The project does have some compelling evidence of the impact of using OER on both educators and learners (data spoiler alert: some of the differences between these groups may surprise you), potential viable business models for OER, and some of the challenges, particularly around encouraging people to create and share back their own OERs. For me this is particularly exciting as the project has some “proper” evidence , as opposed to anecdotes, showing the cultural impact OER is having on educational practice.

In terms of data, the OER Impact Map, is key hook into the visualizing and exploring the data the project has been collecting and curating. Another phase of development is about to get under way to provide even more ways to explore the data. The team are also now planning the how/where/when of releasing their data set.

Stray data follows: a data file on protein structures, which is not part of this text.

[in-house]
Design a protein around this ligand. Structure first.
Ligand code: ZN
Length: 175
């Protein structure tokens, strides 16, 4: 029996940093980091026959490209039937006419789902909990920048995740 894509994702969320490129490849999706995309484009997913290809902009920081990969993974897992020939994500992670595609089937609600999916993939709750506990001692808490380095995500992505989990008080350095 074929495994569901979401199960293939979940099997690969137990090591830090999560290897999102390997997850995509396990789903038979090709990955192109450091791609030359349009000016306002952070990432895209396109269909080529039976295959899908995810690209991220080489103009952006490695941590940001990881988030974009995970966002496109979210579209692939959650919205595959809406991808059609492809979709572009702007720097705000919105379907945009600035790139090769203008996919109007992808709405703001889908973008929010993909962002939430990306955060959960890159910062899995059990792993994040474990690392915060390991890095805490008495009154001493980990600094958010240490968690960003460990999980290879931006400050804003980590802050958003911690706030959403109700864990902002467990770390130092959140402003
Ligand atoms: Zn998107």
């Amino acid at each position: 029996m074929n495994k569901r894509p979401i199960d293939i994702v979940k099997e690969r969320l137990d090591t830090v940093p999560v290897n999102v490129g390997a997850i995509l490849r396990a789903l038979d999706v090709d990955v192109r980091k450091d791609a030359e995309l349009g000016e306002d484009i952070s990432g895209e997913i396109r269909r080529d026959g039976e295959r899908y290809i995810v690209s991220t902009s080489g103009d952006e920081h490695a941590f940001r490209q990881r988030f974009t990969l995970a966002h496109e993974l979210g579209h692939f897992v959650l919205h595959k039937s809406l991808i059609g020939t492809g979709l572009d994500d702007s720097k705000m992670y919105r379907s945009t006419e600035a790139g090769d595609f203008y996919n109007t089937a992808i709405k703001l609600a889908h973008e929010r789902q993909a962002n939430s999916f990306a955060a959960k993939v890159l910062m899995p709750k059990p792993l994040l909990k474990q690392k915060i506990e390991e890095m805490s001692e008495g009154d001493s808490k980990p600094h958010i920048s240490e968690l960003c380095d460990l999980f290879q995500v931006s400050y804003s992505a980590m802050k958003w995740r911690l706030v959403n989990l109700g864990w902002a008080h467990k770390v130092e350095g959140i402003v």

The team are the human face of the data, and their explanations of the data will be key to the overall success of the project over the coming months.

More thoughts to come from me on the project as a whole, my role and agile evaluation in my next post.

Reusing Open Resources with a dash of learning analytics

Following the special edition of JIME, the whole book, Reusing Open Resources, is now in print and available here.  It includes a chapter on Analytics for Education written by Lorna Campbell, Martin Hawksey and myself. It’s almost a year since we wrote the chapter so its not completely up to date, but I think it is still a very useful overview.